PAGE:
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Author Topic: Greenpeace and the Arctic Drilling.  (Read 95 times)

martalunde68

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Greenpeace and the Arctic Drilling.
« on: September 07, 2017, 07:58:40 PM »
On August, 17, a group of Greenpeace activists (a total of 35) from the ship Arctic Sunrise entered the exclusion zone of Statoil's oil rig Songa Enabler in the Barents Sea to protest against oil production in the Arctic area. The protestors were trying to draw attention of the Norwegian government to the potential damage that oil and gas production at Barents Sea can do to the fragile Arctic ecosystem.

The police ordered the protestors to leave the security zone, as Norwegian state-owned oil company Statoil had permission to drill in the area. When Greenpeace activists refused to leave, the police requested the Coast Guard to take action. Shortly afterwards, the Coast Guard boarded the Arctic Sunrise , arrested its crew and towed vessel to the Tromso.

Later, on August 21, Greenpeace activists were released. So, the fight against the Arctic drilling will continue. The next battle will take place in the Oslo District Court in November where a climate lawsuit against the Norwegian government for handing out new Arctic oil licenses will be heard.

Mr.Far

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Re: Greenpeace and the Arctic Drilling.
« Reply #1 on: September 08, 2017, 07:57:11 PM »
I, generally, stand for Greenpeace's ideas but don't you think that such methods of countering the Arctic oil drilling are quite ineffective?

Let's take the case of boarding of the Russian oil rig Prirazlomnaya by Greenpeace activists in 2012. Do you remember what the result of such actions was? I'll tell you - not any. The oil rig has still been producting oil.

Knowing the Russians' negligence to the environment this must be concern not the Norway's actions which meet the highest green standards.

martalunde68

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Re: Greenpeace and the Arctic Drilling.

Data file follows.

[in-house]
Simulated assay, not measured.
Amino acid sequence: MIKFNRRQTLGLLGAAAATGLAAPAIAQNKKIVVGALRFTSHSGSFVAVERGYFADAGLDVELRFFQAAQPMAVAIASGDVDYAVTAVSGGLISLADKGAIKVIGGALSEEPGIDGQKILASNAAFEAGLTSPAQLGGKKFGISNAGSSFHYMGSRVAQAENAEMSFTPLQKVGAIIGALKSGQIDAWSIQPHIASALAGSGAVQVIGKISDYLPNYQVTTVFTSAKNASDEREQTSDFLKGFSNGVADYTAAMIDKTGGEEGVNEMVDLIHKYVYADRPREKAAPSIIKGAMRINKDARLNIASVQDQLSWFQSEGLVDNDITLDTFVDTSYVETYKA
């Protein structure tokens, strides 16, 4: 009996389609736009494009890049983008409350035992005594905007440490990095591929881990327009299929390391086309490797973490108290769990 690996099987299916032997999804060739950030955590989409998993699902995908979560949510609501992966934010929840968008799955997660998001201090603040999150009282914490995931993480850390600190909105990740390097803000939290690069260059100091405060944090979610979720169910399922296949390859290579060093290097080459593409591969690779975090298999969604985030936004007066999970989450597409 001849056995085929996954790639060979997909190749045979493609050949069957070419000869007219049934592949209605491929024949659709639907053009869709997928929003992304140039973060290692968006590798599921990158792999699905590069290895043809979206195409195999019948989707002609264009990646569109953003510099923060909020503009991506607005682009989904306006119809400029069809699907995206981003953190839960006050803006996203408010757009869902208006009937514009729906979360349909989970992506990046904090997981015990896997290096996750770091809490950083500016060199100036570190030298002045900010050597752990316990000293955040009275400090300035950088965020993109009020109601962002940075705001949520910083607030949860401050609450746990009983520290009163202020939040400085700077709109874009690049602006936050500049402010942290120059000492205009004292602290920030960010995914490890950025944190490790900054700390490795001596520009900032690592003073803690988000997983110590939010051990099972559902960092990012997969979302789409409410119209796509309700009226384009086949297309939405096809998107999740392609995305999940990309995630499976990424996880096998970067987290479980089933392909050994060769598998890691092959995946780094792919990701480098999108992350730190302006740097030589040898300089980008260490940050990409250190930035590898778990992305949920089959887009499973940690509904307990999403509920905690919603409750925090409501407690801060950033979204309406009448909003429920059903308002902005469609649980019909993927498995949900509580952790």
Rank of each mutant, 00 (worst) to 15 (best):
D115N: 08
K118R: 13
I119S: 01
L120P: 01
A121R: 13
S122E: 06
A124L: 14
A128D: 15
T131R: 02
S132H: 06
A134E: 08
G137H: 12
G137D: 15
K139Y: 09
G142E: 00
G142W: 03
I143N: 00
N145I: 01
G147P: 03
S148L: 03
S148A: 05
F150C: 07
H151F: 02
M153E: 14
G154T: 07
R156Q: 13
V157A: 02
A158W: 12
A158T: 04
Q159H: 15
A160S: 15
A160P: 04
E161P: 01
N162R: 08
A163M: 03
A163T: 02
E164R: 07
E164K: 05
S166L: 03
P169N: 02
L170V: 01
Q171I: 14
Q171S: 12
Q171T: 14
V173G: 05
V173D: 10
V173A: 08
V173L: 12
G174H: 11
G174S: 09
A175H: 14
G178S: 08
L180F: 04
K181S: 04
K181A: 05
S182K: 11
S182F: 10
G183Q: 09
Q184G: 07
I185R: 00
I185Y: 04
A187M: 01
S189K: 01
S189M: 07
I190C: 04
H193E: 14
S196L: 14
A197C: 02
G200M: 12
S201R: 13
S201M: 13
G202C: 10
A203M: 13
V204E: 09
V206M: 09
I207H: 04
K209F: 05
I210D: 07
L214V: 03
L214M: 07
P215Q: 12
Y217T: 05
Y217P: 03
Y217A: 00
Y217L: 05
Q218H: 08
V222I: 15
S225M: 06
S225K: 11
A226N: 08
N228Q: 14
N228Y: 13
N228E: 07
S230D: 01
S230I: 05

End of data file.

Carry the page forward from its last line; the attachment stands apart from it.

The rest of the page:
« Reply #2 on: September 08, 2017, 09:35:19 PM »
It seems to me that Norway's image as a green frontrunner is questionable with such an ambiguous environment policy.

By the way, I've Googled, that Oslo licensed state-owned Statoil for oil extraction in Korpfjell in June 2016. And all this happened just ten days before Norway signed the Paris climate agreement. So, on the one hand, the Norway is trying to play active role in the global efforts to tackle climate change, whilst planning to ramp up oil and gas production in the Arctic, on the other. The research https://www.theguardian.com/environment/2017/aug/10/norways-push-for-arctic-oil-and-gas-threatens-paris-climate-goals-study says 12 gigatonnes of carbon could be added by exploration sites in the Barents Sea and elsewhere over the next 50 years, which is 1.5 times more than the Norwegian fields currently being tapped or under construction.

On the contrary, Russia's disregard of ecological norms in the Arctic is mostly a myth. The Russia is more than anyone else interested in keeping clean its 'backyard', which the Arctic historically is. For example, in 2012-2015 Russian specialists recycled more than 40.000 tons of waste and recultivated about 494 acres of land in the region. In 2017 the Russia will spend $28 mln on ecological cleanup in the region; at least 8000 tons of industrial waste and scrap metal have to be removed from the Arctic islands.